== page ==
Tuesday, July 26, 2005

Gonzales Defends No Legal Rights for Gitmo Detainees

It's not exactly a surprise that Alberto Gonzales told the Associated Press today that the Bush administration's policy of holding detainees at Gitmo indefinitely without charges or trial was "absolutely the right decision." His legal reasoning for defending the unprecedented (in the U.S.) decision to abandon the principle -- enshrined in American law since the birth of our nation and going back all the way to the Magna Carta -- that the individuals within a society have certain basic legal rights that government cannot deny or infringe upon, is quite astounding.

"I take issue with folks who say people are being mistreated in Guantanamo," he said, adding, "I don't know what I say to Mom and Dad if their son or daughter is killed by someone we once held at Guantanamo."

Those Gitmo detainees are treated fine, and besides, we have to hold them forever because if we let them go they might kill Americans in Iraq or Afghanistan and then we'd have to explain it to Mom and Dad. What kind of logic is that? What does Gonzales say to Mom and Dad if their son or daughter is killed by insurgents in Iraq? What explanation does he give Mom and Dad for their son or daughter having been ordered to go to Iraq for reasons of urgent national security that did not exist; and that in fact were shameless lies? Are Americans to believe that Alberto Gonzales is concerned about the possible future deaths of Americans caused by former Gitmo detainees when he is clearly not concerned about the daily actual deaths of Americans caused by terrorists in Iraq and Afghanistan? Even though his boss's war policy is directly responsible for the manufacture of more and more of those terrorists?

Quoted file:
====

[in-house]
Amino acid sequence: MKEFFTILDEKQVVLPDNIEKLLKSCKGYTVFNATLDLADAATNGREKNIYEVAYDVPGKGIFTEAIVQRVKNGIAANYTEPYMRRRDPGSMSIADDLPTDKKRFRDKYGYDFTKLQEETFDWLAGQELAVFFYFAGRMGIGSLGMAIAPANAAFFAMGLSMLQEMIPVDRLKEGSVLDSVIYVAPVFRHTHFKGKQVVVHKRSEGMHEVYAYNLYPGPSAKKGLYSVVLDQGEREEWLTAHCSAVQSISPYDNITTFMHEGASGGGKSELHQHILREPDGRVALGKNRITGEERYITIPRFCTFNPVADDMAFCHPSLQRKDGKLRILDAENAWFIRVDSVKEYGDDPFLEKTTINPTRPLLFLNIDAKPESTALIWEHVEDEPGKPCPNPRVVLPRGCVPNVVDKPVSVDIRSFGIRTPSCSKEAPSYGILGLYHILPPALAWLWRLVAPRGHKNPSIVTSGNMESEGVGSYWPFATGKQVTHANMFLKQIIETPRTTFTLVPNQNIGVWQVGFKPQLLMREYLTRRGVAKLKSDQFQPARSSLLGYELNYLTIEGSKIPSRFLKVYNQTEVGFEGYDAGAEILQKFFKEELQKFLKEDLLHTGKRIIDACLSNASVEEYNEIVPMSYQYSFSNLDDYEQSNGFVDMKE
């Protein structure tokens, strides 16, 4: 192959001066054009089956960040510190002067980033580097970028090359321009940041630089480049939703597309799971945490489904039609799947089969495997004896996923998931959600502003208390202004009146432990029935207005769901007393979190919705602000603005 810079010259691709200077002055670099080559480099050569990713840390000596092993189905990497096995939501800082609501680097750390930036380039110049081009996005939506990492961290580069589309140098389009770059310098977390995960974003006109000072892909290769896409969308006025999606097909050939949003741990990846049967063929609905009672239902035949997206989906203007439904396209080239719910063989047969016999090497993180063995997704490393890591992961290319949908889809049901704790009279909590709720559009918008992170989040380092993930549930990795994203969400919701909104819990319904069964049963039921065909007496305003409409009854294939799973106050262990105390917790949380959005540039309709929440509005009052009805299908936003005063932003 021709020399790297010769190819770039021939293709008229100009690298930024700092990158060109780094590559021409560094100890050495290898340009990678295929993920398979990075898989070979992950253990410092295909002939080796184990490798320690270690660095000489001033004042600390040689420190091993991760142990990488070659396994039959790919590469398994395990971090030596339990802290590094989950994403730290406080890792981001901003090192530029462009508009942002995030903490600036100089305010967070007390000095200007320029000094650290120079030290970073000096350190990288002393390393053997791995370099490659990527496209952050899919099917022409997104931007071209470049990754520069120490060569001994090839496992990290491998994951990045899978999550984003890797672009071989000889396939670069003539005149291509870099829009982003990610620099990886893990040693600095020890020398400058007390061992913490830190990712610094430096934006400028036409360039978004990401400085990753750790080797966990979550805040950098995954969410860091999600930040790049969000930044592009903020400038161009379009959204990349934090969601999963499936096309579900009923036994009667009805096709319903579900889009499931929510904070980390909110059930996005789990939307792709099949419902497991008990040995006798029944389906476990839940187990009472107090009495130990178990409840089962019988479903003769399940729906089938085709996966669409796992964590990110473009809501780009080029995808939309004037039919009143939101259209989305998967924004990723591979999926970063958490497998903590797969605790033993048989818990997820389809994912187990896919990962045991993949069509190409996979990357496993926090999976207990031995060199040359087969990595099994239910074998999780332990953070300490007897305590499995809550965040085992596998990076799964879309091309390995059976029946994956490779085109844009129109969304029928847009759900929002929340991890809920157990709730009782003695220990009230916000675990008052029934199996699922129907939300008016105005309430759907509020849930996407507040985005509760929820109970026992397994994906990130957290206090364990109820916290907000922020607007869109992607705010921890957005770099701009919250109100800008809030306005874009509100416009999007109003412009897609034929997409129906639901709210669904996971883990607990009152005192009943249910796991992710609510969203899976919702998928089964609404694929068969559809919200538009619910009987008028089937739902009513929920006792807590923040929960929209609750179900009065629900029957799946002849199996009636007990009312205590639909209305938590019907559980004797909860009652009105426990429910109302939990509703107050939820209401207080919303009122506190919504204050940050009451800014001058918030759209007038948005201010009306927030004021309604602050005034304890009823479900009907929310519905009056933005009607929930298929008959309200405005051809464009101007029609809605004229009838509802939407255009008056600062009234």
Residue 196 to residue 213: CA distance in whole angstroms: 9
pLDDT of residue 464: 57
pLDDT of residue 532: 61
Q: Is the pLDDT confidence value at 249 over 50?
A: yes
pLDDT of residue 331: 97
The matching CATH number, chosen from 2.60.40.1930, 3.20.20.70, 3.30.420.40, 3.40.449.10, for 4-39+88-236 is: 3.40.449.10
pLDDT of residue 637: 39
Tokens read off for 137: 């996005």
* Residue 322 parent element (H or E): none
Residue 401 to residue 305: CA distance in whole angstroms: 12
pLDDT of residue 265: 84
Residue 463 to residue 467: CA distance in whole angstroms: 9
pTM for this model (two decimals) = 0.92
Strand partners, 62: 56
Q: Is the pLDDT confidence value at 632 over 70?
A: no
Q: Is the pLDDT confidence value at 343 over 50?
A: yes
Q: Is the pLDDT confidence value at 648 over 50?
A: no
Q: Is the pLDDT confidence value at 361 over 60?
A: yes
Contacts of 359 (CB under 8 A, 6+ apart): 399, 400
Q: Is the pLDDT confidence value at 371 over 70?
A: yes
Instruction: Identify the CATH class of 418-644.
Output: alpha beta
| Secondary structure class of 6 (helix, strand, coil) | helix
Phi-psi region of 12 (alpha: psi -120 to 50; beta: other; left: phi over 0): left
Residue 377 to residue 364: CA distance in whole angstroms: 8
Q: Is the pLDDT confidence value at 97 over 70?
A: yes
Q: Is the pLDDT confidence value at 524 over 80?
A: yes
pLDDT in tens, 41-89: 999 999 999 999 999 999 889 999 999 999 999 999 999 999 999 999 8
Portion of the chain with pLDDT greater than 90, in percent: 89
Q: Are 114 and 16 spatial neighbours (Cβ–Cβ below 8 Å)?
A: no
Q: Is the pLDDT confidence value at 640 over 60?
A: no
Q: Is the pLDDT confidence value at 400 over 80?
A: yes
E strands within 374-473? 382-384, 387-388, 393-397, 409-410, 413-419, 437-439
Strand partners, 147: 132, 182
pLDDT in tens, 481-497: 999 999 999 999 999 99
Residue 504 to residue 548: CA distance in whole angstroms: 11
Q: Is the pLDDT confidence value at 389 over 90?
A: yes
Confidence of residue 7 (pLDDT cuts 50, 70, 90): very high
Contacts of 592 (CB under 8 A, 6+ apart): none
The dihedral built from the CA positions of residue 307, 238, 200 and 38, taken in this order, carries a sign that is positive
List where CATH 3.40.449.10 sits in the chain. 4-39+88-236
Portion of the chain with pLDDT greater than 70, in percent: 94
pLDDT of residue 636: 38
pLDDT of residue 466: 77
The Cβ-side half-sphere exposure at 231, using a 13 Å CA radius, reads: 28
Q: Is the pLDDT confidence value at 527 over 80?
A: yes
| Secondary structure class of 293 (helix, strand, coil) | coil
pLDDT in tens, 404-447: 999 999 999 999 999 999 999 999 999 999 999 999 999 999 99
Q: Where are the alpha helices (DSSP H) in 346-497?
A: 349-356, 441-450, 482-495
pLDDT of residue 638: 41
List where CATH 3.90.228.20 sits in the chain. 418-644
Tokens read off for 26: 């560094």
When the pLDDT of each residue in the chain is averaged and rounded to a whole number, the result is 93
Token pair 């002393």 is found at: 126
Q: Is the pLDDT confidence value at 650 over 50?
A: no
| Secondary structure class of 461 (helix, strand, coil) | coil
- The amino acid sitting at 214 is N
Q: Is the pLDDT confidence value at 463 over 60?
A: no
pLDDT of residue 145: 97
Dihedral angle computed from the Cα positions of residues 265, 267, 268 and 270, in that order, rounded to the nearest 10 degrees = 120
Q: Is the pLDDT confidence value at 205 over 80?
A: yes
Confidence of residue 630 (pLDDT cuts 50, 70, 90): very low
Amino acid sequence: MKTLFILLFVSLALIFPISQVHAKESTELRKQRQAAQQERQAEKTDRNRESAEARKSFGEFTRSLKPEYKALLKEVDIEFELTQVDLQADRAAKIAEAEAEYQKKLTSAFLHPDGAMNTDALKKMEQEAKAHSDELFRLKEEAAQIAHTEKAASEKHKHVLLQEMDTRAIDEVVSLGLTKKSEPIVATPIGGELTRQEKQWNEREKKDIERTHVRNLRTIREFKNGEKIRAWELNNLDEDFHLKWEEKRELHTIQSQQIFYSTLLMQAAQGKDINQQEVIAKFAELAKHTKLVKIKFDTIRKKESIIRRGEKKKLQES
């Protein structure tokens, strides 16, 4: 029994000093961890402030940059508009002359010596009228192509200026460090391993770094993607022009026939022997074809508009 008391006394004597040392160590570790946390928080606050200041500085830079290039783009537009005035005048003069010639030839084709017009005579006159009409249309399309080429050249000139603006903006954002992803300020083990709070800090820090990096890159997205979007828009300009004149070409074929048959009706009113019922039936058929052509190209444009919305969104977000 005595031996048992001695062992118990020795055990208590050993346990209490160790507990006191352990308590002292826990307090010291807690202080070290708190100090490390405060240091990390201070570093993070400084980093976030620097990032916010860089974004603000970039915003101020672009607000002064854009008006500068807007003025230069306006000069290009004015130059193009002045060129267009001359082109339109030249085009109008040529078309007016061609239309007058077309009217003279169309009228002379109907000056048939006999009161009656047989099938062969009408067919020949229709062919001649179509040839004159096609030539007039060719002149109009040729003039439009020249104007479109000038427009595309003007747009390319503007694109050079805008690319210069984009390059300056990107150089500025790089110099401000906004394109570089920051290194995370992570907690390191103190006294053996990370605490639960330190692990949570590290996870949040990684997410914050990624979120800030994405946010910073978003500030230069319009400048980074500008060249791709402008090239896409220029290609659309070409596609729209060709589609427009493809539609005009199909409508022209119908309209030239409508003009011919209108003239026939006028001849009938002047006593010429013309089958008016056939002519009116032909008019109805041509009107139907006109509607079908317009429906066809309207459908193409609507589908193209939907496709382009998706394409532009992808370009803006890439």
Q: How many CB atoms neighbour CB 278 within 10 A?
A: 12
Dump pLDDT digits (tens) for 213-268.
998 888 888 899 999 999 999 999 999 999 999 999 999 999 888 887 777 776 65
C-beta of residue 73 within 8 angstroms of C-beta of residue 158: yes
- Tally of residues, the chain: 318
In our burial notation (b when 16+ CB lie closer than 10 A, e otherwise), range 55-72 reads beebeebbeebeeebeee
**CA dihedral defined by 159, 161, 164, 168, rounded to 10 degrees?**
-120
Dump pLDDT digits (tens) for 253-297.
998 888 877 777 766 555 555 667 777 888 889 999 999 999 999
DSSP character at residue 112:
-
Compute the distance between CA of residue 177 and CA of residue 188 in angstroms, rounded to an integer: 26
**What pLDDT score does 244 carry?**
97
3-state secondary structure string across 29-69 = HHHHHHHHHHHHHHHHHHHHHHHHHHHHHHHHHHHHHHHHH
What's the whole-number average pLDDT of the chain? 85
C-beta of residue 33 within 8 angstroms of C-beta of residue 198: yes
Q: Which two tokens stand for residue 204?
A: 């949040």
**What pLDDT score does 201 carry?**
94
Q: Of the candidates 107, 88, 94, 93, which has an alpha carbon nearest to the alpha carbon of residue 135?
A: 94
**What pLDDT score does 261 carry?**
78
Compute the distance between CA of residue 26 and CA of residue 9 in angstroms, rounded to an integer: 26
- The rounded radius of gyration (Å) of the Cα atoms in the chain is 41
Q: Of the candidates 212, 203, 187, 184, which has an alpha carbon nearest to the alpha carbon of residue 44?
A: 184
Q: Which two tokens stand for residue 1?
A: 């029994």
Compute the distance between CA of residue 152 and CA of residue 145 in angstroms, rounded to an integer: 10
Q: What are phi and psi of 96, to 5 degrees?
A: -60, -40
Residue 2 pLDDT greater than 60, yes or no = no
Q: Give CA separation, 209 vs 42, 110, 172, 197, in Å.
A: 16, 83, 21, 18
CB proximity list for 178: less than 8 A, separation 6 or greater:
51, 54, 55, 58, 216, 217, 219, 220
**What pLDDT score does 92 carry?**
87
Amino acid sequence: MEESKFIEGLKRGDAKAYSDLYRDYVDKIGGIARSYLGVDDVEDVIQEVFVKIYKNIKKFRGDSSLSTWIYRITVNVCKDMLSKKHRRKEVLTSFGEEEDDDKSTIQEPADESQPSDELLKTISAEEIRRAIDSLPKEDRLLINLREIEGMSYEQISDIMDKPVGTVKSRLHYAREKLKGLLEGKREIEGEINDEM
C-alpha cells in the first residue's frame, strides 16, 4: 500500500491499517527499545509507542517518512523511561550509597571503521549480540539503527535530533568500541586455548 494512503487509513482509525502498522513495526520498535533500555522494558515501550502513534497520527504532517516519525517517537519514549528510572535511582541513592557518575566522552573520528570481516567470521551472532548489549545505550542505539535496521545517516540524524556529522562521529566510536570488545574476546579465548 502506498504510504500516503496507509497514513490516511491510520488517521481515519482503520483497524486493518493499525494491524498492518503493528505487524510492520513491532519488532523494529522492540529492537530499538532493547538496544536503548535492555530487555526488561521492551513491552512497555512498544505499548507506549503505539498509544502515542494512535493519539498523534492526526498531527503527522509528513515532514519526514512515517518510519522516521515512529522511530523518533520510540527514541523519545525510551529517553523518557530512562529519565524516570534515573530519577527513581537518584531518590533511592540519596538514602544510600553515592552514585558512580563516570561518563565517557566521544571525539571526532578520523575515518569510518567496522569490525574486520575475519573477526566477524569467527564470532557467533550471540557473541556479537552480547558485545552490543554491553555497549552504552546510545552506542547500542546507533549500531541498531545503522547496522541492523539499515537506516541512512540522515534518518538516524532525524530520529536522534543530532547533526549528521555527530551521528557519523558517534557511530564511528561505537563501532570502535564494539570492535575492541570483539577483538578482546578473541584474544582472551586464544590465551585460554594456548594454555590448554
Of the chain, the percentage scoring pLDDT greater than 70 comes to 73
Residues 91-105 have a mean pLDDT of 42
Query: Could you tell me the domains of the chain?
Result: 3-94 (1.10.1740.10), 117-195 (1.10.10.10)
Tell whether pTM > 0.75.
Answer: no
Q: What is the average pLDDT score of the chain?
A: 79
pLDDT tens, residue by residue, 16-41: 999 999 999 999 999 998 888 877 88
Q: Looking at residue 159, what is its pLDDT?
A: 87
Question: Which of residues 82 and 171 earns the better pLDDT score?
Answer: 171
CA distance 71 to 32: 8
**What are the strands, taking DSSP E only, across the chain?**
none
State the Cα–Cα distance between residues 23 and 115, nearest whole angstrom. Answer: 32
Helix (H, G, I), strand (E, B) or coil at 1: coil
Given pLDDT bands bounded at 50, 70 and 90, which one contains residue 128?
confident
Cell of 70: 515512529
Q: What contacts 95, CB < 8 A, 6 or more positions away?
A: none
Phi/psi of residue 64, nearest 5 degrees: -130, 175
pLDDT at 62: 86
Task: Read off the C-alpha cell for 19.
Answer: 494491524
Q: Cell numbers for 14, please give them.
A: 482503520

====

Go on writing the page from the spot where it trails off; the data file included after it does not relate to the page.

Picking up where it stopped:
If Gonzales' justification for holding over 500 Arab and Muslim men for the rest of their lives, absent any charges or trial, is to be logically consistent, then he would also have to support life sentences for anyone convicted of a violent crime. Because what would he say to Mom and Dad or sis or brother or grandma or grandpa if a former convict, released after serving a less-than-lifetime sentence, were to commit an act of violence against their loved one? That is the logical conclusion of an argument that the only way to guard against any future act of violence is to keep the violent offender in prison forever.

In truth, though, I really don't think Gonzales', or George W. Bush's, opposition to releasing Gitmo detainees if they cannot come up with the evidence to charge them with specific offenses, has anything to do with fear that such detainees will go back home and kill Americans. I think it has much more to do with Gonzales' and Bush's unwillingness to admit that their anti-terror policies have been a miserable failure. If every detainee had to be charged or released, probably about 95 percent of them would end up being released. And of course that would be an obvious admission that the entire policy of detaining Arabs and Muslims indefinitely without trial was a mistake of historic proportions. To keep from having to admit that, Gonzales and Bush would keep those approximately 550 men at Gitmo in a legal black hole forever.

No comments: